8. Leyton House Racing
What is the first thing that comes to mind when you hear the words ‘Leyton House’? Not sure about you, but we picture a certain former World Tennis number 1 sitting by his pool, sipping on a cocktail as his wife Bec swims in a bikini in front of him. Ok, that’s probably just us, but any team with the word ‘house’ in its name surely deserves a spot on this list, right? Given a house with wheels on it probably would’ve done a better job on track, it seems fitting that they take number eight on our list.
After serving the preceding three years as a naming rights sponsor, Leyton House raced in 1990 and 1991 as a constructor, born from the ashes of the old March team (which narrowly missed out on a spot on this list themselves).
The team was derived from a Japanese real estate company and in its two seasons, Mauricio Gugelmin and Ivan Capelli struggled, only bringing in 8 points, with the pinnacle being a near-win at the 1990 French Grand Prix (pictured right).
Even the addition of Karl Wendlinger (the driver who dominated Michael Schumacher in some of his junior categories) couldn’t help Leyton House, and the name vanished at the end of 1991 after its owner, Akira Akagi, was arrested. It reverted to the March name in 1992, but collapsed at the end of the year in a mountain of debts.
7. Virgin Racing
Just as HRT were admitted into the 2010 season as one of three new teams, so were Virgin Racing. Initially starting off as Manor Grand Prix, the team found themselves being bought out by Richard Branson’s Virgin Group after the entrepreneur spent a year as sponsor of the championship-winning Brawn team in 2009.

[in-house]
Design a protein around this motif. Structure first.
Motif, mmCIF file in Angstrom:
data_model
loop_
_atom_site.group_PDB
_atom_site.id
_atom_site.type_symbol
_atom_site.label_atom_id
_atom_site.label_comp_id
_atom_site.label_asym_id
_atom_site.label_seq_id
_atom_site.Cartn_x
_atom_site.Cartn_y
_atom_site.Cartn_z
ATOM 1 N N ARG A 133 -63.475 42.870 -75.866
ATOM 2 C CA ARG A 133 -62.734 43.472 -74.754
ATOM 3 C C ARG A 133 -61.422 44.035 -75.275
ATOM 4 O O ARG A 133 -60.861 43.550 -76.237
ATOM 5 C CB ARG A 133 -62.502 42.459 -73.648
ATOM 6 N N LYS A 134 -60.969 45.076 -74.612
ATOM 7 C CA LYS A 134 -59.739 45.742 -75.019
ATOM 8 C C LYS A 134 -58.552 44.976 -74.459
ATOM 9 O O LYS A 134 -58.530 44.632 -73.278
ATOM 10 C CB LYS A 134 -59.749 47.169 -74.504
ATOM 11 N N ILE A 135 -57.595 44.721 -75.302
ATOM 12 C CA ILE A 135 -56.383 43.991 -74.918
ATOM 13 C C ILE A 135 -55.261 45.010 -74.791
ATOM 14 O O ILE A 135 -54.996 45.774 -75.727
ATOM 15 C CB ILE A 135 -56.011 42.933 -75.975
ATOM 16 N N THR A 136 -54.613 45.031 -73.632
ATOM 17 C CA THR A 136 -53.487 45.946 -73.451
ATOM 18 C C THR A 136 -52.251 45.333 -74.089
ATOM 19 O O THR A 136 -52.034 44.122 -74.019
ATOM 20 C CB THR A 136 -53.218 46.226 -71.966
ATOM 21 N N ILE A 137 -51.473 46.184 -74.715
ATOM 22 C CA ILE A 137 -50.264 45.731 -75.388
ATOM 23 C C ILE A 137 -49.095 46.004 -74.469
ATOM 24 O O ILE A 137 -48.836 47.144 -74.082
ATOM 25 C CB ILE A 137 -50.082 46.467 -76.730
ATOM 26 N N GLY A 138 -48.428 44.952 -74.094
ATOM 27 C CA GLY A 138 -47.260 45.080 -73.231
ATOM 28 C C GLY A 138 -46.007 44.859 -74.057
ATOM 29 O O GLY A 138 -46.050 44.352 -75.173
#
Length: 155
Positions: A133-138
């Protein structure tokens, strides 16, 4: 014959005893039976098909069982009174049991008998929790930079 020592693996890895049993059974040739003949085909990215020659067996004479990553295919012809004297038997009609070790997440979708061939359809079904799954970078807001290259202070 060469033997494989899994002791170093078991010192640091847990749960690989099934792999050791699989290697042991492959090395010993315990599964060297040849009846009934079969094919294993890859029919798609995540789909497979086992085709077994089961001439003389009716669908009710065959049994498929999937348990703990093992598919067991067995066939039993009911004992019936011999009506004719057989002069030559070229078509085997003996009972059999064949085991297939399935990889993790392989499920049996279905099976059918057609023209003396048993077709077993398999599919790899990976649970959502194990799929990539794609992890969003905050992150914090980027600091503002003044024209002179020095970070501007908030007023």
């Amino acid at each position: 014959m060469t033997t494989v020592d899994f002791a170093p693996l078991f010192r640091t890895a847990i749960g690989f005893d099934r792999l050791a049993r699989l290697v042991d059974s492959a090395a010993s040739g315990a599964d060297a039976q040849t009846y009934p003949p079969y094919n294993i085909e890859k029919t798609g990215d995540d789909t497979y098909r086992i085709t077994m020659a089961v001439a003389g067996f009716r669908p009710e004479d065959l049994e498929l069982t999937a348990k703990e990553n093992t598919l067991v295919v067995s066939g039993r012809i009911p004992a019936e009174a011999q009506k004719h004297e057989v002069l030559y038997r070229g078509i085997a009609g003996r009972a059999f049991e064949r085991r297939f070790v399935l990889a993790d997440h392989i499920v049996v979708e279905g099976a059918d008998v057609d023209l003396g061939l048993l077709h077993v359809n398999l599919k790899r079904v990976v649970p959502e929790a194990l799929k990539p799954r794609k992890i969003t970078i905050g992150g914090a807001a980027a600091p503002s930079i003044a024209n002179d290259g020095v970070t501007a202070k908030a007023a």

Virgin Racing struggled in its two-year existence, failing to score a point and not doing the long term career prospects of veteran Timo Glock any justice. The team was bought out and rebranded as Marussia from 2012 onwards and continues to race in Formula One.
Perhaps the name is the reason why they were so unsuccessful? Just like a Virgin they were inexperienced, didn’t seem to know what they were doing and were finished before they could ever really get going. Branson should’ve stuck to sponsoring Brawn’s current guise of Mercedes, at least they have won a race since changing their name.
6. RAM Racing
Despite the team only ever running their own car in 1983, 1984 and 1985, we just sneak in RAM to our list. The team in fact competed in the sport from 1976 onwards, but used other chassis such as ones from Brabham, March and even Williams before 1983.
Results for the team were very few and far between, failing to score any points during their time in the sport. They did manage, however, to give the brother of Gilles Villeneuve and uncle of Jacques Villeneuve, Jacques Sr., his one and only F1 outing at the 1983 Canadian Grand Prix. He failed to qualify.